I commend you for your efforts in developing coding for kids.
I agree with much of the comments from Peter. I really think collaboration, group/pair programming should be done early and often throughout the process. There’s nothing that can stifle the process than working by yourself and hitting the wall.
One of the concerns that the graph could pose to some, particularly new to the concept, is the abundance of programming languages that you’d identified. Do I have to teach them all?
I’d suggest a good look at TouchDevelop as a solution. It supports block programming, simple text coding, and advanced text coding on virtually any platform.
One of the complaints that I have with some of the applications that are developed for education is the lack of internal documentation. Without comments, reusing code or remixing code becomes pretty difficult. I think that’s a significant pedagogical consideration. When you look to help a student, or a group of students work together, no documentation can be a time waster.
Where do you see these graphics going?
In my mind, collaboration is at the local level for most of this (group / pair), but becomes global in the final stage. I think you touch upon that with internal documentation.
TouchDevelop is a great resource, thank you for the reminder. Like Robot School it is blocky but offers syntax.
Re: graphics – I am trying to internalize the “how do I start coding without a curriculum?” questions I now get almost daily. I just think many need a reference point. I can no longer be happy with “Try LightBot since you teach grade 2” which has been my answer for sometime now. Those new to coding are so far removed from it that suggesting an app is not suffice. I am not content with that as it doesn’t consider the “why”. What is the next step and why the blanketed approach and whole group teaching? LightBot is great for many grade 2s but I am not content to suggest it for all. I need a model as a reference point.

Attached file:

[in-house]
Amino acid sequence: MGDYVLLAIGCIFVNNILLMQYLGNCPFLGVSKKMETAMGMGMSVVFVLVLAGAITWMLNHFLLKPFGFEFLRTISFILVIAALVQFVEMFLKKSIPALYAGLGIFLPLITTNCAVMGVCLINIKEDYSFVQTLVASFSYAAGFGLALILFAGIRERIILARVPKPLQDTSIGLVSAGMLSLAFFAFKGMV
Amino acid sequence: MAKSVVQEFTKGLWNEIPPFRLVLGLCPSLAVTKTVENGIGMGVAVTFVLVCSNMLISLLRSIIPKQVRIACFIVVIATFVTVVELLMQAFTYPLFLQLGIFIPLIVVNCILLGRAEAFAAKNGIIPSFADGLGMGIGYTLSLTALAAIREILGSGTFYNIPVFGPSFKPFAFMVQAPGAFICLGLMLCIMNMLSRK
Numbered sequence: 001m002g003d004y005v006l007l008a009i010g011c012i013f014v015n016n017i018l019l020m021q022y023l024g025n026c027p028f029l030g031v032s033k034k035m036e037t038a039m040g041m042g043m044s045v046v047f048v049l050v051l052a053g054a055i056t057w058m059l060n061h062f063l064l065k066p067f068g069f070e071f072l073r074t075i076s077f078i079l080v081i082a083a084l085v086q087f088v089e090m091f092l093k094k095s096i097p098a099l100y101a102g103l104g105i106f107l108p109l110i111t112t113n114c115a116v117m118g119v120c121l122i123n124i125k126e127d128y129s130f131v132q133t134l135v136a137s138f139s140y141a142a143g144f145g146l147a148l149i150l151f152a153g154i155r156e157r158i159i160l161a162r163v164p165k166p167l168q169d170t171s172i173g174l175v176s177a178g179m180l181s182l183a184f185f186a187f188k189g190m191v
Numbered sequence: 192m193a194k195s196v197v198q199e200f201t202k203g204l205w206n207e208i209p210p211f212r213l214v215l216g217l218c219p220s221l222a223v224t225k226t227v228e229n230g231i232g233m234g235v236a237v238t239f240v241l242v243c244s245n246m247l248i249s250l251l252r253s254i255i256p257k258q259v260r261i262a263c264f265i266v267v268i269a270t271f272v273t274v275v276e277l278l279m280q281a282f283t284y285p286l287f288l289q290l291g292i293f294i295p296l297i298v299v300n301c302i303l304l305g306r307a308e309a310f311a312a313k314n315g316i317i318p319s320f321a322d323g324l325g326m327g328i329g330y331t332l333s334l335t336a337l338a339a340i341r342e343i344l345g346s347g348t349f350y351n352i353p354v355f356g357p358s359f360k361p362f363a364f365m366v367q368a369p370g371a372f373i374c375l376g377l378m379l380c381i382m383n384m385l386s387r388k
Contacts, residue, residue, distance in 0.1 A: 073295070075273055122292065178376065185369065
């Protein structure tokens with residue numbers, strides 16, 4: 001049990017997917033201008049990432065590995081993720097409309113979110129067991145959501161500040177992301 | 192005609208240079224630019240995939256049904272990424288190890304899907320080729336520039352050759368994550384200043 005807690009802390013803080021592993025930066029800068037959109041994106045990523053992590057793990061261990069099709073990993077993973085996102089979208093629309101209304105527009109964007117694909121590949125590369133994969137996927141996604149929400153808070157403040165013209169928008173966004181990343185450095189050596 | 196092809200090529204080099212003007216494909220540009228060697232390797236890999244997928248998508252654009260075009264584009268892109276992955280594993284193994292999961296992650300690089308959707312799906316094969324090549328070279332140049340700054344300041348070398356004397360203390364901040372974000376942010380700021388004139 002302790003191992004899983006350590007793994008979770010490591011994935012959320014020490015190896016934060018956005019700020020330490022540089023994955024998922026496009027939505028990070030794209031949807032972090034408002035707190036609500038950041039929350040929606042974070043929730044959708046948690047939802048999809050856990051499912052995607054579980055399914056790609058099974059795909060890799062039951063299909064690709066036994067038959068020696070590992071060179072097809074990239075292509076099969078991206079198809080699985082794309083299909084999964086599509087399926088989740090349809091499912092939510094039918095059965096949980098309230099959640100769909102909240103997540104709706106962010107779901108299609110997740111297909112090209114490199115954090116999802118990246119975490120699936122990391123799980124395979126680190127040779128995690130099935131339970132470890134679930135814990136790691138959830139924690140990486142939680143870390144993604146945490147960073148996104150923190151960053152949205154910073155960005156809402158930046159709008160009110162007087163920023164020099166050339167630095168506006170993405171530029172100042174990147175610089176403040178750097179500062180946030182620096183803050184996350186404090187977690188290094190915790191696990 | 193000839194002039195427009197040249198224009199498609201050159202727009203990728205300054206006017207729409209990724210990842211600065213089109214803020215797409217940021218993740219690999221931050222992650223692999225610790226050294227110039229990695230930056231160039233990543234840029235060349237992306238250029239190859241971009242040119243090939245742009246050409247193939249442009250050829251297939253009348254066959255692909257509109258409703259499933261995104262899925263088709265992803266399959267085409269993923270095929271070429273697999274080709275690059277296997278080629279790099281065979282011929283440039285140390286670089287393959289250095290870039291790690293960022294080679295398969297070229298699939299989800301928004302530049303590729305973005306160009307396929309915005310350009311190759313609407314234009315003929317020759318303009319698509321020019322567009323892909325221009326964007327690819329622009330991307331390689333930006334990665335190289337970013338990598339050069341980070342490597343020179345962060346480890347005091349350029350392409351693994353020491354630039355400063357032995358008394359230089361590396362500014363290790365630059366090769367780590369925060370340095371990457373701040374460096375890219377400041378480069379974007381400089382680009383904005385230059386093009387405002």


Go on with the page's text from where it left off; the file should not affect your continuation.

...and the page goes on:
I appreciate the feedback. More for me to consider.
Brian, my reply is in response to your comment to Doug. I don’t think that we need a curriculum to start coding. I think that we need to instead understand how coding best meets our varied curriculum expectations. As a Grade 1 teacher, what I want out of coding for my students (to meet my desired expectations) may vary from what they’re actually able to do. I see coding like a language, and I wonder the impact on successful coding if students are struggling in language. Where might they hit a wall? How can we support them when they do (or what can they do to problem solve on their own)? What basic language skills do they need to solve these problems? What are the basic language skills that they need to continue with having greater success as they code?
Thanks for giving me so much to think about!